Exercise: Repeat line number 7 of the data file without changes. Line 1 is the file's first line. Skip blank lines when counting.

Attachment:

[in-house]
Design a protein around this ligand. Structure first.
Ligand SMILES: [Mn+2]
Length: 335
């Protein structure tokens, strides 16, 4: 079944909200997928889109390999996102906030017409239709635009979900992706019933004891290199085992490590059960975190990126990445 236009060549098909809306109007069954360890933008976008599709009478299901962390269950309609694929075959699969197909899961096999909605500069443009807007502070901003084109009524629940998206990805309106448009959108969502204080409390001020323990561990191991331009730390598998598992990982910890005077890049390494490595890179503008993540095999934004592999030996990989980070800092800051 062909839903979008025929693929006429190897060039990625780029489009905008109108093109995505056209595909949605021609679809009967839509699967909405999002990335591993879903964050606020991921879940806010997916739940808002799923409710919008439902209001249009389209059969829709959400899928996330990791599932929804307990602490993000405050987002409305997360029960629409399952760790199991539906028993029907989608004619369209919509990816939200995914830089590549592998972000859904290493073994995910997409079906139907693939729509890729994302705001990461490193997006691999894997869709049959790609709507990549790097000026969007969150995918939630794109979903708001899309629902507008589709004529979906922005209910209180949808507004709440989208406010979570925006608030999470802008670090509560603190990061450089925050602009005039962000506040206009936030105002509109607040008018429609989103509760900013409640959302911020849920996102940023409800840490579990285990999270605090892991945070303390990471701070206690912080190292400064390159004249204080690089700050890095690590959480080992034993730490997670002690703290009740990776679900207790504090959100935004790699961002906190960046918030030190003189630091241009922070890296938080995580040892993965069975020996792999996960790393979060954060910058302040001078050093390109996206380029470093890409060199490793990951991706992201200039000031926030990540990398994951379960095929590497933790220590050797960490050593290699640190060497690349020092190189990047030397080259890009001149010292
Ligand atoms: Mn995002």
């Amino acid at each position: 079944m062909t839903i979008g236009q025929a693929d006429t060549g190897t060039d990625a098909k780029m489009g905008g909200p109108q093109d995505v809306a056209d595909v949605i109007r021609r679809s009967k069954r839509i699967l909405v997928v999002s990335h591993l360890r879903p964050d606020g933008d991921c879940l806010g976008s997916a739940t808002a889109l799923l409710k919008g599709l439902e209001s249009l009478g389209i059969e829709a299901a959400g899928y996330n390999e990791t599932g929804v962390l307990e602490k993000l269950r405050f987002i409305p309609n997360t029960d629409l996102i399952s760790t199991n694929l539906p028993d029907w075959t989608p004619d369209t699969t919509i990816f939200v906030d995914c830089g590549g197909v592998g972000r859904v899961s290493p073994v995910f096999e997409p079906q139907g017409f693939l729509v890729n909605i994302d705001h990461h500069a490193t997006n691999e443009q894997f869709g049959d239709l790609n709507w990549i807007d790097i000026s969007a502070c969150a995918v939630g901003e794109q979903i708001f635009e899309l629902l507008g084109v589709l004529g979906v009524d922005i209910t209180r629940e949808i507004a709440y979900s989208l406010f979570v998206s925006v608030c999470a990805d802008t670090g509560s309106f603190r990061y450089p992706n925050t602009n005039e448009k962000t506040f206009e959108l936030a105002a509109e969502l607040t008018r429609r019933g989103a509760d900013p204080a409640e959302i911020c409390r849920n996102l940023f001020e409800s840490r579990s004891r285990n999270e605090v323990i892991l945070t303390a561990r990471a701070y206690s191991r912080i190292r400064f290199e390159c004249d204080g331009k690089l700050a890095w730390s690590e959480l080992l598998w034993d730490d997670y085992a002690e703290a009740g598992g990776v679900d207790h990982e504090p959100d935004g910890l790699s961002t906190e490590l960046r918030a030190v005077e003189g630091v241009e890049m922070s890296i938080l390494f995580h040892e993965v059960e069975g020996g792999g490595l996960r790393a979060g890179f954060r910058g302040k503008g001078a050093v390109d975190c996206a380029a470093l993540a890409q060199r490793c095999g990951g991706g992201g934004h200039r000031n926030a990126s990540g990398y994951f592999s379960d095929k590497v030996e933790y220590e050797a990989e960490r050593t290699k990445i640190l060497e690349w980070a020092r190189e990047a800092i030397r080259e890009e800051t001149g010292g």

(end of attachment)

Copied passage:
């Amino acid at each position: 079944m062909t839903i979008g236009q025929a693929d006429t060549g190897t060039d990625a098909k780029m489009g905008g909200p109108q093109d995505v809306a056209d595909v949605i109007r021609r679809s009967k069954r839509i699967l909405v997928v999002s990335h591993l360890r879903p964050d606020g933008d991921c879940l806010g976008s997916a739940t808002a889109l799923l409710k919008g599709l439902e209001s249009l009478g389209i059969e829709a299901a959400g899928y996330n390999e990791t599932g929804v962390l307990e602490k993000l269950r405050f987002i409305p309609n997360t029960d629409l996102i399952s760790t199991n694929l539906p028993d029907w075959t989608p004619d369209t699969t919509i990816f939200v906030d995914c830089g590549g197909v592998g972000r859904v899961s290493p073994v995910f096999e997409p079906q139907g017409f693939l729509v890729n909605i994302d705001h990461h500069a490193t997006n691999e443009q894997f869709g049959d239709l790609n709507w990549i807007d790097i000026s969007a502070c969150a995918v939630g901003e794109q979903i708001f635009e899309l629902l507008g084109v589709l004529g979906v009524d922005i209910t209180r629940e949808i507004a709440y979900s989208l406010f979570v998206s925006v608030c999470a990805d802008t670090g509560s309106f603190r990061y450089p992706n925050t602009n005039e448009k962000t506040f206009e959108l936030a105002a509109e969502l607040t008018r429609r019933g989103a509760d900013p204080a409640e959302i911020c409390r849920n996102l940023f001020e409800s840490r579990s004891r285990n999270e605090v323990i892991l945070t303390a561990r990471a701070y206690s191991r912080i190292r400064f290199e390159c004249d204080g331009k690089l700050a890095w730390s690590e959480l080992l598998w034993d730490d997670y085992a002690e703290a009740g598992g990776v679900d207790h990982e504090p959100d935004g910890l790699s961002t906190e490590l960046r918030a030190v005077e003189g630091v241009e890049m922070s890296i938080l390494f995580h040892e993965v059960e069975g020996g792999g490595l996960r790393a979060g890179f954060r910058g302040k503008g001078a050093v390109d975190c996206a380029a470093l993540a890409q060199r490793c095999g990951g991706g992201g934004h200039r000031n926030a990126s990540g990398y994951f592999s379960d095929k590497v030996e933790y220590e050797a990989e960490r050593t290699k990445i640190l060497e690349w980070a020092r190189e990047a800092i030397r080259e890009e800051t001149g010292g």